Parents need practical help and specific suggestions from someone who knows the challenges that they face with hectic schedules that pull a family “every which way.” I especially like the fact that Rebecca recognizes that it is a battle that parents have to face unrelentingly, every single day. I also like that fact that she acknowledges that parenting should be fun and fulfilling, not a chore to endure. Her book walks the fine line that parents have to walk — acknowledging the dangers and pitfalls but also recognizing the incredible opportunity and privilege it is to shape a new life into a happy, well-adjusted and contributing member of society.
I like the fact that she sees parenting as a mission to see that the God-given potential of each child is fully realized and that each individual child will know unconditional love from his or her parents and accept the reality that God wanted that child to be exactly how He planned him or her to be. Most of all, I respect the fact that Rebecca Hagelin’s book focuses on parental involvement, acknowledging the fact that parents have to “be there” both physically and emotionally for their children. Sometimes it is the busiest parents who are “there” both physically and emotionally, so the challenge is not simply a parent’s actual presence (though that is tremendously important). The really essential ingredient is the heart-to-heart, mind-to-mind connection with the parents that the child can rely on as a consistent foundation of their life from earliest memory into adulthood.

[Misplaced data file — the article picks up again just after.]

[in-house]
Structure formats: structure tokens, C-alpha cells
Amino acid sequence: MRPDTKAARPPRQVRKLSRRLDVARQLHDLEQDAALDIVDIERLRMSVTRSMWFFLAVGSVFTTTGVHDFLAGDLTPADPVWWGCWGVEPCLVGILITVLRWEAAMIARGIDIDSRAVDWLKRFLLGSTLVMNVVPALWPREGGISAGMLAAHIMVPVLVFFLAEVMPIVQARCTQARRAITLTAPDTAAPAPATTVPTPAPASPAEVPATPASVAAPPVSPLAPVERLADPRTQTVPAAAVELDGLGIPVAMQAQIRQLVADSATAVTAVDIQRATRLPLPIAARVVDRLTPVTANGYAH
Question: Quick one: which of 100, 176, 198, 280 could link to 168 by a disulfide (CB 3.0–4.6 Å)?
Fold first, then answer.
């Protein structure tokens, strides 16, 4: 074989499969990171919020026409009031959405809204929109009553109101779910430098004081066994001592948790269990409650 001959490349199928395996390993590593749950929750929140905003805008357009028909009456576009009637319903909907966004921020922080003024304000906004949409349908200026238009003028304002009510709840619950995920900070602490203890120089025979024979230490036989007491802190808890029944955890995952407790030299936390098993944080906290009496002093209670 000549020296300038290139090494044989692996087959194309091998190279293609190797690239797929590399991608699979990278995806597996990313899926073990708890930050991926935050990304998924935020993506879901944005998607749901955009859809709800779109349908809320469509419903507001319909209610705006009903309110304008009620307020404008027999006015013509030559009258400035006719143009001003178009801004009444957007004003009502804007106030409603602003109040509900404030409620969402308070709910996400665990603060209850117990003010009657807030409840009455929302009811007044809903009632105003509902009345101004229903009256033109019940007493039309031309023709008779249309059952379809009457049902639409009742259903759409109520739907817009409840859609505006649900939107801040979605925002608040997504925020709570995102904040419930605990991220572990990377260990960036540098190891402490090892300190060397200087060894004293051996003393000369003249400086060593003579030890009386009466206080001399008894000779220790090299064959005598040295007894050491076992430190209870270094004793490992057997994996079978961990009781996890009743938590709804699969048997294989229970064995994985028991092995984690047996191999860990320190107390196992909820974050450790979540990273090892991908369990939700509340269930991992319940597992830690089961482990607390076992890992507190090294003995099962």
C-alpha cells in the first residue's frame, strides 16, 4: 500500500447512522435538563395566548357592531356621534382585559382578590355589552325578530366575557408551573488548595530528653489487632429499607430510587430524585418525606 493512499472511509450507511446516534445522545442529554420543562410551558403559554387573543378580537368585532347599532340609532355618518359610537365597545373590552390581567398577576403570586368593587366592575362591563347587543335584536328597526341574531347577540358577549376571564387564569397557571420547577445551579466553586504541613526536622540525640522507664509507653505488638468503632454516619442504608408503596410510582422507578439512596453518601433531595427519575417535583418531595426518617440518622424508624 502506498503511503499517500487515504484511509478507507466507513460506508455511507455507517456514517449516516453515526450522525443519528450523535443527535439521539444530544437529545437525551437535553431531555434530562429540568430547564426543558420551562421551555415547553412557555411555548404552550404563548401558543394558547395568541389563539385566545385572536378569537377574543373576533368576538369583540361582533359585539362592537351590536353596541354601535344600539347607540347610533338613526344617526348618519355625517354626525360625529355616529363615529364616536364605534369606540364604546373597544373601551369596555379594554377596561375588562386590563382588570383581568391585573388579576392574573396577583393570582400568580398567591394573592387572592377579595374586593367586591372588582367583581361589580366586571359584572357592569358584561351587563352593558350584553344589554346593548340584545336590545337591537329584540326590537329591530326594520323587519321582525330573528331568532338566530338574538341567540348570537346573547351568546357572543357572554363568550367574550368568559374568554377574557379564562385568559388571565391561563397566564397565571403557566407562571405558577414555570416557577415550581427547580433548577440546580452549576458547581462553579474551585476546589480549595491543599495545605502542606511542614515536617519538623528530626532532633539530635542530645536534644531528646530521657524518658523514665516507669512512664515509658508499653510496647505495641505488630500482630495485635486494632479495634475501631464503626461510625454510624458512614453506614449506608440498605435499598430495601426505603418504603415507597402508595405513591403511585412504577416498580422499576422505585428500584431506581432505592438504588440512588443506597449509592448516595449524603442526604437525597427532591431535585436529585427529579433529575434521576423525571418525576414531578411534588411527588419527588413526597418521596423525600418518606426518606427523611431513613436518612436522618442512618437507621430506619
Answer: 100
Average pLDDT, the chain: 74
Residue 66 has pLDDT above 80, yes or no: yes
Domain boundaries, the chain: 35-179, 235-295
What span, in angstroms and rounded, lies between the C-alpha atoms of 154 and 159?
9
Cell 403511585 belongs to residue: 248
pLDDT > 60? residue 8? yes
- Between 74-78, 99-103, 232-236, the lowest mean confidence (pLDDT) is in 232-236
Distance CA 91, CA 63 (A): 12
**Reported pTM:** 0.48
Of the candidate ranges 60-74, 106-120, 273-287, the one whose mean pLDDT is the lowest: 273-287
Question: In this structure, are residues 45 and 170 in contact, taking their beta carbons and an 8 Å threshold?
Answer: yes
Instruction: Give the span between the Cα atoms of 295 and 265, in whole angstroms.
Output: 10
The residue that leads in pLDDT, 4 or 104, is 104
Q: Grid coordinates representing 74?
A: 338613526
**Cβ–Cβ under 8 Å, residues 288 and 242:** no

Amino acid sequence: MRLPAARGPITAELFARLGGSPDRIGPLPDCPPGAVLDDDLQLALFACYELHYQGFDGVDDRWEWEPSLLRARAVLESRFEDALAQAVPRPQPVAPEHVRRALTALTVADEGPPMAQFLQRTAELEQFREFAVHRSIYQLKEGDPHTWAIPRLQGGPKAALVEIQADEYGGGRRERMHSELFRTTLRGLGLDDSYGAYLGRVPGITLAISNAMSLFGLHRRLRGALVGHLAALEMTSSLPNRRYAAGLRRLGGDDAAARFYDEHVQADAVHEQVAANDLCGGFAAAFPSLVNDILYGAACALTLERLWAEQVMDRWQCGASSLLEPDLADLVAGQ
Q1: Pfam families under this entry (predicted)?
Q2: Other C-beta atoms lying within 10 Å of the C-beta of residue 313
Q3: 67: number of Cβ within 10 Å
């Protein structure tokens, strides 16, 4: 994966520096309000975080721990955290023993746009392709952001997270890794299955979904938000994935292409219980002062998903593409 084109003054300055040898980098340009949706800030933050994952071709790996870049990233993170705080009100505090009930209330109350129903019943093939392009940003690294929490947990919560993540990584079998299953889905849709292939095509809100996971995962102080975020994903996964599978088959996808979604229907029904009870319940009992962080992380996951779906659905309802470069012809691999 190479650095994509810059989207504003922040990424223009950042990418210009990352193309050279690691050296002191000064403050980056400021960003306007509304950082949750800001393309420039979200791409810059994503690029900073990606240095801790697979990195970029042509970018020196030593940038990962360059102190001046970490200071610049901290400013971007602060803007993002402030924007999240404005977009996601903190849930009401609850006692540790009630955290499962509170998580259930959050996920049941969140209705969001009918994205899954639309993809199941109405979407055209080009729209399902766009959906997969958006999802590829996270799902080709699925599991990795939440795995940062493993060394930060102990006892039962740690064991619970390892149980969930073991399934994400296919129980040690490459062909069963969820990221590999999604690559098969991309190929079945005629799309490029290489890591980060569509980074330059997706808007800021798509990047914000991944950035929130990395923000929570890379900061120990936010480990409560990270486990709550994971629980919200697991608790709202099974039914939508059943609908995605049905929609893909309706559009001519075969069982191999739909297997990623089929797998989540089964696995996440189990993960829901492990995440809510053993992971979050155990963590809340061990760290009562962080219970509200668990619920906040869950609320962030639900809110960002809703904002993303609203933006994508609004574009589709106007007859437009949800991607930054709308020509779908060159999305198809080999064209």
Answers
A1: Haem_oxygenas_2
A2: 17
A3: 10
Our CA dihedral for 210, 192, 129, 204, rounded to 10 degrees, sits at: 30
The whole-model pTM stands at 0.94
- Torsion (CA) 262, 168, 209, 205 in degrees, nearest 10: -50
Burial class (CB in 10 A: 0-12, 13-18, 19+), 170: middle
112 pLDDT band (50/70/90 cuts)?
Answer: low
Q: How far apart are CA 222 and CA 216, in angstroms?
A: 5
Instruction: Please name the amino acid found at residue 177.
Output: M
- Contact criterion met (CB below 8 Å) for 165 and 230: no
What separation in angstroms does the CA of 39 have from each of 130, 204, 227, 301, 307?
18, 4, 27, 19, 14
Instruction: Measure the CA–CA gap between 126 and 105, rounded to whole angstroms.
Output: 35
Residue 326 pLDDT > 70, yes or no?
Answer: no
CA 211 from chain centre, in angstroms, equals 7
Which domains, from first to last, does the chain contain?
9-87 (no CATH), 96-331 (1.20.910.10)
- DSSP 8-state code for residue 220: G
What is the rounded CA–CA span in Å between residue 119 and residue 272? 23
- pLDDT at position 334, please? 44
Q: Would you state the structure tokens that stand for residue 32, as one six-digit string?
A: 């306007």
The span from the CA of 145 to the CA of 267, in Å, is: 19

Another factor that I especially appreciated about 30 Ways is that Rebecca emphasized the fact that we cannot build barriers around our children to protect them from outside influences. We must help build their inner strength and help them develop character, integrity, and vital, authentic faith that will hold them steady in the midst of and sometimes right in the middle of all the negative aspects of modern culture. The days of sheltering our children from the world around us are essentially gone; we have to recognize that we cannot shield them. We must instead prepare them to let that “stuff” roll off without “dirtying” them. That is the major challenge facing today’s parents, and I don’t envy them. I am just grateful that they have Rebecca’s excellent 30 Ways as a guide to help them succeed in life’s most important job — preparing the next generation of Godly leaders.
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